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  • 1
    Publication Date: 2018-05-04
    Description: In developing tissues, cells estimate their spatial position by sensing graded concentrations of diffusible signaling proteins called morphogens. Morphogen-sensing pathways exhibit diverse molecular architectures, whose roles in controlling patterning dynamics and precision have been unclear. In this work, combining cell-based in vitro gradient reconstitution, genetic rewiring, and mathematical modeling, we systematically analyzed the distinctive architectural features of the Sonic Hedgehog pathway. We found that the combination of double-negative regulatory logic and negative feedback through the PTCH receptor accelerates gradient formation and improves robustness to variation in the morphogen production rate compared with alternative designs. The ability to isolate morphogen patterning from concurrent developmental processes and to compare the patterning behaviors of alternative, rewired pathway architectures offers a powerful way to understand and engineer multicellular patterning.
    Keywords: Development, Engineering
    Print ISSN: 0036-8075
    Electronic ISSN: 1095-9203
    Topics: Biology , Chemistry and Pharmacology , Geosciences , Computer Science , Medicine , Natural Sciences in General , Physics
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  • 2
    Publication Date: 2012-04-12
    Description: Observations with the Venus Express magnetometer and low-energy particle detector revealed magnetic field and plasma behavior in the near-Venus wake that is symptomatic of magnetic reconnection, a process that occurs in Earth's magnetotail but is not expected in the magnetotail of a nonmagnetized planet such as Venus. On 15 May 2006, the plasma flow in this region was toward the planet, and the magnetic field component transverse to the flow was reversed. Magnetic reconnection is a plasma process that changes the topology of the magnetic field and results in energy exchange between the magnetic field and the plasma. Thus, the energetics of the Venus magnetotail resembles that of the terrestrial tail, where energy is stored and later released from the magnetic field to the plasma.〈br /〉〈span class="detail_caption"〉Notes: 〈/span〉Zhang, T L -- Lu, Q M -- Baumjohann, W -- Russell, C T -- Fedorov, A -- Barabash, S -- Coates, A J -- Du, A M -- Cao, J B -- Nakamura, R -- Teh, W L -- Wang, R S -- Dou, X K -- Wang, S -- Glassmeier, K H -- Auster, H U -- Balikhin, M -- New York, N.Y. -- Science. 2012 May 4;336(6081):567-70. doi: 10.1126/science.1217013. Epub 2012 Apr 5.〈br /〉〈span class="detail_caption"〉Author address: 〈/span〉Chinese Academy of Sciences Key Laboratory of Geospace Environment, University of Science and Technology of China, Hefei 230026, China. tielong.zhang@oeaw.ac.at〈br /〉〈span class="detail_caption"〉Record origin:〈/span〉 〈a href="http://www.ncbi.nlm.nih.gov/pubmed/22491094" target="_blank"〉PubMed〈/a〉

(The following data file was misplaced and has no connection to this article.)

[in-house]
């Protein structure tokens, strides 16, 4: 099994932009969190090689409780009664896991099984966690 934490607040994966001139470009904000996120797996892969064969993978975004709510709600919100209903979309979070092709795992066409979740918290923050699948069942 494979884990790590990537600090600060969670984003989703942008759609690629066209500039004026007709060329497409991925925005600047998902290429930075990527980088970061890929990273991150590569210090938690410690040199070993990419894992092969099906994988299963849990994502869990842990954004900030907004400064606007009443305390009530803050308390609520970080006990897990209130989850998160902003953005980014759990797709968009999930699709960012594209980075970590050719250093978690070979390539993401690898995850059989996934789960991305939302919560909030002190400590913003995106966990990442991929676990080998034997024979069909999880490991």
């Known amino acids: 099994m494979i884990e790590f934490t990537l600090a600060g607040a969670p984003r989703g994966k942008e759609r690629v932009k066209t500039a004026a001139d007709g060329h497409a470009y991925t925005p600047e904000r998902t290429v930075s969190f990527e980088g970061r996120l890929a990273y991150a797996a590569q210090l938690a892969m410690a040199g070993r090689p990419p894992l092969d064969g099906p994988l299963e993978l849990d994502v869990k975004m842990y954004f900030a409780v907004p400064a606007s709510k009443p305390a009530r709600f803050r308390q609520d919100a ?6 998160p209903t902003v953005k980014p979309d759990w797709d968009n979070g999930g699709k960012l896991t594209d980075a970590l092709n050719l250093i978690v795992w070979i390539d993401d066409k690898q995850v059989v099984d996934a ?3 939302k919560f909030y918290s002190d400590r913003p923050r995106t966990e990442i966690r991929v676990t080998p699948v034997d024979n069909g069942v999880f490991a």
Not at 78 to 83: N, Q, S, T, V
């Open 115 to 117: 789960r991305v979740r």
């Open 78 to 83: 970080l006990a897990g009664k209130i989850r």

Print ISSN: 0036-8075
    Electronic ISSN: 1095-9203
    Topics: Biology , Chemistry and Pharmacology , Computer Science , Medicine , Natural Sciences in General , Physics
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  • 3
    Publication Date: 2011-11-05
    Description: The mTOR complex 1 (mTORC1) protein kinase is a master growth regulator that is stimulated by amino acids. Amino acids activate the Rag guanosine triphosphatases (GTPases), which promote the translocation of mTORC1 to the lysosomal surface, the site of mTORC1 activation. We found that the vacuolar H(+)-adenosine triphosphatase ATPase (v-ATPase) is necessary for amino acids to activate mTORC1. The v-ATPase engages in extensive amino acid-sensitive interactions with the Ragulator, a scaffolding complex that anchors the Rag GTPases to the lysosome. In a cell-free system, ATP hydrolysis by the v-ATPase was necessary for amino acids to regulate the v-ATPase-Ragulator interaction and promote mTORC1 translocation. Results obtained in vitro and in human cells suggest that amino acid signaling begins within the lysosomal lumen. These results identify the v-ATPase as a component of the mTOR pathway and delineate a lysosome-associated machinery for amino acid sensing.〈br /〉〈br /〉〈a href="https://www.ncbi.nlm.nih.gov/pmc/articles/PMC3211112/" target="_blank"〉〈img src="https://static.pubmed.gov/portal/portal3rc.fcgi/4089621/img/3977009" border="0"〉〈/a〉   〈a href="https://www.ncbi.nlm.nih.gov/pmc/articles/PMC3211112/" target="_blank"〉This paper as free author manuscript - peer-reviewed and accepted for publication〈/a〉〈br /〉〈br /〉〈span class="detail_caption"〉Notes: 〈/span〉Zoncu, Roberto -- Bar-Peled, Liron -- Efeyan, Alejo -- Wang, Shuyu -- Sancak, Yasemin -- Sabatini, David M -- AI47389/AI/NIAID NIH HHS/ -- CA103866/CA/NCI NIH HHS/ -- R01 CA103866/CA/NCI NIH HHS/ -- R01 CA103866-07/CA/NCI NIH HHS/ -- R01 CA103866-08/CA/NCI NIH HHS/ -- R37 AI047389/AI/NIAID NIH HHS/ -- R37 AI047389-11/AI/NIAID NIH HHS/ -- R37 AI047389-12/AI/NIAID NIH HHS/ -- R37 AI047389-13/AI/NIAID NIH HHS/ -- T32 GM007753/GM/NIGMS NIH HHS/ -- Howard Hughes Medical Institute/ -- New York, N.Y. -- Science. 2011 Nov 4;334(6056):678-83. doi: 10.1126/science.1207056.〈br /〉〈span class="detail_caption"〉Author address: 〈/span〉Whitehead Institute for Biomedical Research, Nine Cambridge Center, Cambridge, MA 02142, USA.〈br /〉〈span class="detail_caption"〉Record origin:〈/span〉 〈a href="http://www.ncbi.nlm.nih.gov/pubmed/22053050" target="_blank"〉PubMed〈/a〉
    Keywords: Amino Acids/*metabolism ; Animals ; Cell Line ; Drosophila ; GTP Phosphohydrolases/metabolism ; Humans ; Lysosomes/*metabolism ; Multiprotein Complexes ; Proteins/*metabolism ; RNA Interference ; Signal Transduction ; TOR Serine-Threonine Kinases ; Vacuolar Proton-Translocating ATPases/*metabolism
    Print ISSN: 0036-8075
    Electronic ISSN: 1095-9203